04 Dec 23Enviro Chat
Can ROBOTS clean up our OCEANS?
20 November 2023Enviro Chat
Oceanic degradation has been a topic of growing concerns for several decades now. From plastic pollution to coral bleaching, there are a range of issues which impact water quality and cleanliness, thus having a knock-on effect on the marine flora and fauna which live in these aquatic environments. Cleaning up our waterways is of paramount importance.
Marine robotics is a burgeoning industry which aims to tackle the problem of oceanic contamination. Given that the UAE is a country surrounded by water, and that it has developed a reputation for technological innovation, it’s perhaps no surprise that it is currently leading the charge in creating robots capable of cleaning up our seas and oceans.
Introducing the Ocean One robot
The Ocean One robot is one of the earliest prototypes in this exciting field of research and was first developed by Professor Oussama Khatib of the Stanford Robotics Lab in 2016. Measuring five metres in length, the robot is unique among underwater remotely operated vehicles in that it is humanoid in design, meaning it has robotic fingers dexterous enough to manipulate the landscape in front of it without damaging it.
To date, the Ocean One has explored archaeological sites and shipwrecks at depths of more than 1,000 metres. As well as containing state-of-the-art cameras which transmit real-time images to the human operator controlling the robot remotely, it is also equipped with highly sophisticated sensors in its “fingers”, allowing the pilot to “feel” what the robot is touching. It is capable of removing plastic detritus from the seabed and can even collect oysters.
An android army of cleaners
Researchers at the Khalifa University in Abu Dhabi are hoping to replicate the success of the Ocean One with a fleet of new robots of their own design. The new recruits are being put through their paces, alongside Ocean One, in a custom-built pool at the university which is capable of recreating the harsh conditions and strong waves of an ocean climate.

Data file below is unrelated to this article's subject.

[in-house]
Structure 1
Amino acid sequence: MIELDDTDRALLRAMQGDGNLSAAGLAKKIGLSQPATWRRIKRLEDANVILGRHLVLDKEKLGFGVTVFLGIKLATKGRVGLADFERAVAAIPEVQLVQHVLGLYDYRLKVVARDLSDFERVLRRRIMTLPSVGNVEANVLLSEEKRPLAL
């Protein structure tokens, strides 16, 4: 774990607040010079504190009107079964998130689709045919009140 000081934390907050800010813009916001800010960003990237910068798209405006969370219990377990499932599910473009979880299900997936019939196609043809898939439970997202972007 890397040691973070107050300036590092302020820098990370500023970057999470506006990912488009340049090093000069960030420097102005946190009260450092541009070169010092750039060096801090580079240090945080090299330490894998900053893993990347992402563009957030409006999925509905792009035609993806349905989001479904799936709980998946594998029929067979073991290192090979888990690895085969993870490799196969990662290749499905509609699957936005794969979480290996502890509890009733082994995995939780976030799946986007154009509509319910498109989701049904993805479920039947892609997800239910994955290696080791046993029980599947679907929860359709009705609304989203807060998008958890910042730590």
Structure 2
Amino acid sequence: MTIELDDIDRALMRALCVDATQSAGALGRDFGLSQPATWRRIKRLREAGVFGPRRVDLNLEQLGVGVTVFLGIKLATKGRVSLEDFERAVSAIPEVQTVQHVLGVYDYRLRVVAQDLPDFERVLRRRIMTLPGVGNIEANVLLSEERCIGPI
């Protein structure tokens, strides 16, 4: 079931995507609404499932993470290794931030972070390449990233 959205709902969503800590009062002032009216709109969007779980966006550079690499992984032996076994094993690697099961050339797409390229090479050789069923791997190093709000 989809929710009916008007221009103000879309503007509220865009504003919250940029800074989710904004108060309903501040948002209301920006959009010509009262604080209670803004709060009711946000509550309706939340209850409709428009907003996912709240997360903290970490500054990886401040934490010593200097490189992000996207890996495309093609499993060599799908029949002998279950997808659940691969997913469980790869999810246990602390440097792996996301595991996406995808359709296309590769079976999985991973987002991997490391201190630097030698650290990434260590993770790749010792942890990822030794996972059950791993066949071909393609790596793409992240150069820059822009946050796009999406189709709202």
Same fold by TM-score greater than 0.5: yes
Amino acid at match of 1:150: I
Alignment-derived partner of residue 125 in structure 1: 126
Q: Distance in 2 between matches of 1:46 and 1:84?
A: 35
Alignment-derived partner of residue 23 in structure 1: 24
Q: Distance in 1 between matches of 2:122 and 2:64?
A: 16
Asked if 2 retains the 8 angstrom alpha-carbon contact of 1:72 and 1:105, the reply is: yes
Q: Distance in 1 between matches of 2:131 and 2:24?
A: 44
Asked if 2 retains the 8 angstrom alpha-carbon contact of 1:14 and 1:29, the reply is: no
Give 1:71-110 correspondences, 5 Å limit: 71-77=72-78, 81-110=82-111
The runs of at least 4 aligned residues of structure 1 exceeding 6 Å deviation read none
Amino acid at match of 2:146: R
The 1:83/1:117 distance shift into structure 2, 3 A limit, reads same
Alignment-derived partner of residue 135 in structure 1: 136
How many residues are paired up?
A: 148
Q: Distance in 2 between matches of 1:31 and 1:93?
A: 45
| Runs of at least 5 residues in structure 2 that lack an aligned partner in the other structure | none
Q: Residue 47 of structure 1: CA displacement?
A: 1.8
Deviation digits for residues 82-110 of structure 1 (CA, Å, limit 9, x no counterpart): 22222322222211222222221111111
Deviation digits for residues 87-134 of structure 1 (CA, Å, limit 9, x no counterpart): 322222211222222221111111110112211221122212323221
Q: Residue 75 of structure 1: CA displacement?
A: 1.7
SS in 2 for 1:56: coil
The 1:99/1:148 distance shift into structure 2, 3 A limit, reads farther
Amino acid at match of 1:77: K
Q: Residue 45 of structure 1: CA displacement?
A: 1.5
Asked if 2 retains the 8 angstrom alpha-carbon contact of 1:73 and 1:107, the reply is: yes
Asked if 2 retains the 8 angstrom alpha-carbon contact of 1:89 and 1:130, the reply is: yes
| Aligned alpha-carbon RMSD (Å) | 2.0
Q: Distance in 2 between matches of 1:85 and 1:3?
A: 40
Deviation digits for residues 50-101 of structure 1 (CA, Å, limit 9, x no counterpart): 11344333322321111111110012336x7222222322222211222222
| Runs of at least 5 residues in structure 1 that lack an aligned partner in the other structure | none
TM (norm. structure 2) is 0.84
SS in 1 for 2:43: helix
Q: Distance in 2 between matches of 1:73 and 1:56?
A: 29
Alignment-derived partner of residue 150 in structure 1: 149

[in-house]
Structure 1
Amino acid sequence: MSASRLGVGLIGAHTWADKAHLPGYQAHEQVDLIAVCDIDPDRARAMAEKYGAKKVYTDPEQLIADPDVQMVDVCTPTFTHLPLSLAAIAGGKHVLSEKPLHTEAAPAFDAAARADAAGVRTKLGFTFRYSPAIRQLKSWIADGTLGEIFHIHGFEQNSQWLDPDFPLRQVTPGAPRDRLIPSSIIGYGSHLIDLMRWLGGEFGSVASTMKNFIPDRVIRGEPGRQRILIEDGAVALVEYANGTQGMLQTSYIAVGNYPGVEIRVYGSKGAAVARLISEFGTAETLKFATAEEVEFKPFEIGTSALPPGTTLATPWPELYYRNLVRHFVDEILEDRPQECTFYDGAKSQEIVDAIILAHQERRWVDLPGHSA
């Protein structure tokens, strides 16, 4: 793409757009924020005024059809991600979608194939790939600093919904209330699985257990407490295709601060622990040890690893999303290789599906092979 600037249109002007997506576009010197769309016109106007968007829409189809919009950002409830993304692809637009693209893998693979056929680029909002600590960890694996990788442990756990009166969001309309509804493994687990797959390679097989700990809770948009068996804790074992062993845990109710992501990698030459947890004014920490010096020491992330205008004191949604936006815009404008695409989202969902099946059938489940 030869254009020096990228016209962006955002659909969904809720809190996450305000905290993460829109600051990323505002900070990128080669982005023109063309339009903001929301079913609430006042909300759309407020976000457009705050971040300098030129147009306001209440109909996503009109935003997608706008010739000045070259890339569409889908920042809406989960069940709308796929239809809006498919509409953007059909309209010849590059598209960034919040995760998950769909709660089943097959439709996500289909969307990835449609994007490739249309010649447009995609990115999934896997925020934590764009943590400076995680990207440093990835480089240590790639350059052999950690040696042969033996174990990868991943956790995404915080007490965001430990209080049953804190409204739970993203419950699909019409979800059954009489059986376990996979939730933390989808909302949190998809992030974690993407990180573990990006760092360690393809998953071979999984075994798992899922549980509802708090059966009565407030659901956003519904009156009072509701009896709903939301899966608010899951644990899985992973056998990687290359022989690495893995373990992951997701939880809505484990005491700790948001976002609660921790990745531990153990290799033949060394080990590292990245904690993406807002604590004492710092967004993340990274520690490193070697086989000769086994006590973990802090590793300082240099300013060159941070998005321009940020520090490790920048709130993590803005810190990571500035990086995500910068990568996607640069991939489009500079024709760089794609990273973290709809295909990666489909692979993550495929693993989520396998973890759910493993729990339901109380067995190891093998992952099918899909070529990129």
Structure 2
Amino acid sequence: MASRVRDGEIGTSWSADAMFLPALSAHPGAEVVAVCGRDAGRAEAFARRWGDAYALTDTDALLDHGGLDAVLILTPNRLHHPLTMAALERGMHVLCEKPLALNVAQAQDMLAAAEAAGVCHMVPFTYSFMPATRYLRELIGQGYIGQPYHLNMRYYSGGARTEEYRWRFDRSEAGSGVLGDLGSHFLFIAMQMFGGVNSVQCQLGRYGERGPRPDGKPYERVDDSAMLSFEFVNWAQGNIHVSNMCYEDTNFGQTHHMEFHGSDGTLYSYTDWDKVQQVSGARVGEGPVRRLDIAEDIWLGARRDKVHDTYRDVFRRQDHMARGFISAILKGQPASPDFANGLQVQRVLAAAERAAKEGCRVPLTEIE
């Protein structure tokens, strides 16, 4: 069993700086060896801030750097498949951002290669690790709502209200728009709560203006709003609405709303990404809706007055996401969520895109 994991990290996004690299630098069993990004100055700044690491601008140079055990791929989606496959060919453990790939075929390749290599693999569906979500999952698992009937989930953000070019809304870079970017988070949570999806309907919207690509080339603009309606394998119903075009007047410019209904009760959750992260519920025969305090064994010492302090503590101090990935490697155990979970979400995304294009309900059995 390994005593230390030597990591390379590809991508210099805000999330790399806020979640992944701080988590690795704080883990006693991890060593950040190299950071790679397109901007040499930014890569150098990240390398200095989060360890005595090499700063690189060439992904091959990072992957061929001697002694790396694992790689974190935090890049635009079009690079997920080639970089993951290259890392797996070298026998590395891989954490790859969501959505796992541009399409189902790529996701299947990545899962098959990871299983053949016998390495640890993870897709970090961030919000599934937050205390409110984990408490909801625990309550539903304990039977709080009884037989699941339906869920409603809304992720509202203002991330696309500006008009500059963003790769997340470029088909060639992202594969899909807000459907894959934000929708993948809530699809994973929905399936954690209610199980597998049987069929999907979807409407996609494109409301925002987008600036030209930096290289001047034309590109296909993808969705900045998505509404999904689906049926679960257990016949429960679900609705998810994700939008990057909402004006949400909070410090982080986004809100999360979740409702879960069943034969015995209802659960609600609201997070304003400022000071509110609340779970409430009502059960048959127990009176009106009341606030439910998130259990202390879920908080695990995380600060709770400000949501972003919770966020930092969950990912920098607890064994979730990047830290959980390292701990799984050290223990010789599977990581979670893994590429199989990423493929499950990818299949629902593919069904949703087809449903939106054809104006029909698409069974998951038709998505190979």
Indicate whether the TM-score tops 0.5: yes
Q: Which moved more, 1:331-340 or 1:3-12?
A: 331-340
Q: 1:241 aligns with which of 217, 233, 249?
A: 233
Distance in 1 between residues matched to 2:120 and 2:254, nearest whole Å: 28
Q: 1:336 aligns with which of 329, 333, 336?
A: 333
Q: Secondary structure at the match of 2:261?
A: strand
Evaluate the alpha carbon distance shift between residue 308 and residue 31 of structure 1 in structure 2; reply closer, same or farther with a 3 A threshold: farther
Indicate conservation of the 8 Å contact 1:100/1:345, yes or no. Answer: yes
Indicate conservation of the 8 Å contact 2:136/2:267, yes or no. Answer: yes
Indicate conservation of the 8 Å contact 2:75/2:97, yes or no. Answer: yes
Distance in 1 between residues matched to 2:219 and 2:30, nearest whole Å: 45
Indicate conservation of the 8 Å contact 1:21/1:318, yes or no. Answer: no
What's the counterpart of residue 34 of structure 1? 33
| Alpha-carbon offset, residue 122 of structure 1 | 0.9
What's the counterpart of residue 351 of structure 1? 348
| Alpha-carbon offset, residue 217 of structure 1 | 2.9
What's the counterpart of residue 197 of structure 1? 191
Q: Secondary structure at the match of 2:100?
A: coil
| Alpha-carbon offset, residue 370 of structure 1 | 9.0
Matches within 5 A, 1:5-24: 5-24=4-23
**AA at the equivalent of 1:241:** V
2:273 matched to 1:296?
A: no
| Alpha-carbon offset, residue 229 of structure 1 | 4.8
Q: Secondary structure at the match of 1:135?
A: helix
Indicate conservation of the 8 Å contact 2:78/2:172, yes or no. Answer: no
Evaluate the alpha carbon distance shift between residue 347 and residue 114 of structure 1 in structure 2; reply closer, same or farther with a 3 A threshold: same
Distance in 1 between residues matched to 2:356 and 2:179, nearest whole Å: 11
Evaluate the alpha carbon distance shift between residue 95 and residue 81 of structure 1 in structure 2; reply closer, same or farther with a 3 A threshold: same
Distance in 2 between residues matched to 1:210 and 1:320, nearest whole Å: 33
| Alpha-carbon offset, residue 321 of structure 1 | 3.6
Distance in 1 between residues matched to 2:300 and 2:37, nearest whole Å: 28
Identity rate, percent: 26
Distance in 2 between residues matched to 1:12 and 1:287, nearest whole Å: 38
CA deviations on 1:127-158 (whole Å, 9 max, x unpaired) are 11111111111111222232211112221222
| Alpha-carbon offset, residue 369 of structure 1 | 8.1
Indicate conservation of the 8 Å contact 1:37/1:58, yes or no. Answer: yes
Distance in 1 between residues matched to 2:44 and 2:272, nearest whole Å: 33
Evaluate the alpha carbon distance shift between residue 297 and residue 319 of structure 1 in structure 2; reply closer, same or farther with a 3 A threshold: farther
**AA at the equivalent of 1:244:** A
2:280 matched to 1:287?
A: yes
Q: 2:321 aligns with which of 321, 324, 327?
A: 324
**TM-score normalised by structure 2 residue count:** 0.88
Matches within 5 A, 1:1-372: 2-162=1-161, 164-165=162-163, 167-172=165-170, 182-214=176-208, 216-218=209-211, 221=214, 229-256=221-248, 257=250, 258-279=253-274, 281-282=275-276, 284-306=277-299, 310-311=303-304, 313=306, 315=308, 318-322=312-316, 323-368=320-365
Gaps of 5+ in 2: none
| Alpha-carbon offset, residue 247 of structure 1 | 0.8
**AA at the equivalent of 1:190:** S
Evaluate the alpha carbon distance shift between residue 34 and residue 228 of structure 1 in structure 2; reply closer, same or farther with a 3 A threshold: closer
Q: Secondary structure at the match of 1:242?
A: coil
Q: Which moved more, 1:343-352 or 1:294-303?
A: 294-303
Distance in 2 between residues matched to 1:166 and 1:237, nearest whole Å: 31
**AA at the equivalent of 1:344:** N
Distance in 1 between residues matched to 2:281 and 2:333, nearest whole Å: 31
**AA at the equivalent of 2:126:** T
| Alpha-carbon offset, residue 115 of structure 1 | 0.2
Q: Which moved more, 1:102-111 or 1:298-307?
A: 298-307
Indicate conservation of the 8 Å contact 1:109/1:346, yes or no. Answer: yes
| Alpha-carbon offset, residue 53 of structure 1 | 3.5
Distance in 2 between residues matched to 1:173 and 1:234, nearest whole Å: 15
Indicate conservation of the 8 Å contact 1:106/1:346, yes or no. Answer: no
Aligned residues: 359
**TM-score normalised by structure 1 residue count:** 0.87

The Khalifa University robots are not as developed as Ocean One and can currently only reach depths of around 300m, while they do not yet have humanoid arms capable of imitating human actions underwater. However, the eventual aim is to equip them with sufficient capabilities to monitor and maintain the health of coral reefs, as well as perform remote safety checks on oil rigs and platforms.
The future’s bright for marine robotics
Through their collaboration with Professor Khatib and his ingenious invention, the Khalifa University scientists are confident they can achieve great things in the field. At the present time, all of their robots are remotely controlled by humans, but it’s hoped that one day in the not-too-distant future they will gain a greater level of autonomy and can carry out their duties on their own.
If successful, the implications of this burgeoning sector could be incredible. Not only would human divers be kept out of harm’s way, but a fleet of cleaning robots could theoretically remove pollution from our waters far more efficiently than we ever could. “Marine robotics is the new frontier, and we are excited to be at the forefront,” explained Professor Lakmal Seneviratne of Khalifa University. “These are very exciting possibilities in marine robotics.”DOWNLOAD PDF
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